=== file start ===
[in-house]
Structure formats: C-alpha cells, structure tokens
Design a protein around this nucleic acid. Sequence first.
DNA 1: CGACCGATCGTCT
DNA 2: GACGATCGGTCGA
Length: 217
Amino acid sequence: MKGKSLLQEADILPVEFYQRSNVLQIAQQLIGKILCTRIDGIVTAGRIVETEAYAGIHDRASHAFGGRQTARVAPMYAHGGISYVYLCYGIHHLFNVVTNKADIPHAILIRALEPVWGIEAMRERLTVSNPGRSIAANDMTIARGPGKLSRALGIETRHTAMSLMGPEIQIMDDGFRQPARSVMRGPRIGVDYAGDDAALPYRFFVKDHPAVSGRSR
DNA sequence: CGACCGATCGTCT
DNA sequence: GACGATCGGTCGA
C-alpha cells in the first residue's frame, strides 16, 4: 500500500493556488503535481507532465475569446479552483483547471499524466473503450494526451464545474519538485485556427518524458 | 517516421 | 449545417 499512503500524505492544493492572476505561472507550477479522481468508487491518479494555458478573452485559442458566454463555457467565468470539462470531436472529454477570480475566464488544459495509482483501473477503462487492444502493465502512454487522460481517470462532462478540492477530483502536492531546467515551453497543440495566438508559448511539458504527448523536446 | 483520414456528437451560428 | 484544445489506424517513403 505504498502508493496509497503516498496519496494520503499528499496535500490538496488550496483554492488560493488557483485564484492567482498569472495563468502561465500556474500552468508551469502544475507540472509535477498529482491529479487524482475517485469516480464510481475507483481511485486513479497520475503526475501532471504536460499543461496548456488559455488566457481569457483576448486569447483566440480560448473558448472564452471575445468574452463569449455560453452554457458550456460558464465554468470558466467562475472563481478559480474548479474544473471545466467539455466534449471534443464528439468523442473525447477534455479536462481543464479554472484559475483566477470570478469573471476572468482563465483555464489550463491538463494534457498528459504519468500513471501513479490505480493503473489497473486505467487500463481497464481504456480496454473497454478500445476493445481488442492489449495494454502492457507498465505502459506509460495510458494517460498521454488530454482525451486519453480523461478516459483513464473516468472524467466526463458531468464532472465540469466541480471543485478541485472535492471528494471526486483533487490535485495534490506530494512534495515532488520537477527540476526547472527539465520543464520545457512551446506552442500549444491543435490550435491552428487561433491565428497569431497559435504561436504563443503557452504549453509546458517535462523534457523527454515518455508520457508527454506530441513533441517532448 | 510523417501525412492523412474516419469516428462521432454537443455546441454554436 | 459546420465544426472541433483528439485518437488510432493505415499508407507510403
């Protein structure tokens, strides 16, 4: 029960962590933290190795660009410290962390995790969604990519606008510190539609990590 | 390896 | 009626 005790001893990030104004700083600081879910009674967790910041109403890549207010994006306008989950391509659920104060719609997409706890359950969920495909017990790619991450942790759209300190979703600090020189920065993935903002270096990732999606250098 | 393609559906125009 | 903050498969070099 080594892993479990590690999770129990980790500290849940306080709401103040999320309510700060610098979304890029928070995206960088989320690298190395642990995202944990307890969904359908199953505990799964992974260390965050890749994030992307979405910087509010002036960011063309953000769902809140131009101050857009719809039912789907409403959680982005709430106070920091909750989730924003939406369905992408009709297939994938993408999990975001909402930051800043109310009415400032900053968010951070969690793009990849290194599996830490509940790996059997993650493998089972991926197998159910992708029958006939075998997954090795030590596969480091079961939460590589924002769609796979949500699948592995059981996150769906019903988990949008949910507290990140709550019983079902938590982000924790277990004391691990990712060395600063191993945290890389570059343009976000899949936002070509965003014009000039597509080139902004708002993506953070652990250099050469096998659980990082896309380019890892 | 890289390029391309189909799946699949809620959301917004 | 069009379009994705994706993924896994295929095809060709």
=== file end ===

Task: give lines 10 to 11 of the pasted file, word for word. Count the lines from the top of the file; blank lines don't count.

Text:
C-alpha cells in the first residue's frame, strides 16, 4: 500500500493556488503535481507532465475569446479552483483547471499524466473503450494526451464545474519538485485556427518524458 | 517516421 | 449545417 499512503500524505492544493492572476505561472507550477479522481468508487491518479494555458478573452485559442458566454463555457467565468470539462470531436472529454477570480475566464488544459495509482483501473477503462487492444502493465502512454487522460481517470462532462478540492477530483502536492531546467515551453497543440495566438508559448511539458504527448523536446 | 483520414456528437451560428 | 484544445489506424517513403 505504498502508493496509497503516498496519496494520503499528499496535500490538496488550496483554492488560493488557483485564484492567482498569472495563468502561465500556474500552468508551469502544475507540472509535477498529482491529479487524482475517485469516480464510481475507483481511485486513479497520475503526475501532471504536460499543461496548456488559455488566457481569457483576448486569447483566440480560448473558448472564452471575445468574452463569449455560453452554457458550456460558464465554468470558466467562475472563481478559480474548479474544473471545466467539455466534449471534443464528439468523442473525447477534455479536462481543464479554472484559475483566477470570478469573471476572468482563465483555464489550463491538463494534457498528459504519468500513471501513479490505480493503473489497473486505467487500463481497464481504456480496454473497454478500445476493445481488442492489449495494454502492457507498465505502459506509460495510458494517460498521454488530454482525451486519453480523461478516459483513464473516468472524467466526463458531468464532472465540469466541480471543485478541485472535492471528494471526486483533487490535485495534490506530494512534495515532488520537477527540476526547472527539465520543464520545457512551446506552442500549444491543435490550435491552428487561433491565428497569431497559435504561436504563443503557452504549453509546458517535462523534457523527454515518455508520457508527454506530441513533441517532448 | 510523417501525412492523412474516419469516428462521432454537443455546441454554436 | 459546420465544426472541433483528439485518437488510432493505415499508407507510403
């Protein structure tokens, strides 16, 4: 029960962590933290190795660009410290962390995790969604990519606008510190539609990590 | 390896 | 009626 005790001893990030104004700083600081879910009674967790910041109403890549207010994006306008989950391509659920104060719609997409706890359950969920495909017990790619991450942790759209300190979703600090020189920065993935903002270096990732999606250098 | 393609559906125009 | 903050498969070099 080594892993479990590690999770129990980790500290849940306080709401103040999320309510700060610098979304890029928070995206960088989320690298190395642990995202944990307890969904359908199953505990799964992974260390965050890749994030992307979405910087509010002036960011063309953000769902809140131009101050857009719809039912789907409403959680982005709430106070920091909750989730924003939406369905992408009709297939994938993408999990975001909402930051800043109310009415400032900053968010951070969690793009990849290194599996830490509940790996059997993650493998089972991926197998159910992708029958006939075998997954090795030590596969480091079961939460590589924002769609796979949500699948592995059981996150769906019903988990949008949910507290990140709550019983079902938590982000924790277990004391691990990712060395600063191993945290890389570059343009976000899949936002070509965003014009000039597509080139902004708002993506953070652990250099050469096998659980990082896309380019890892 | 890289390029391309189909799946699949809620959301917004 | 069009379009994705994706993924896994295929095809060709």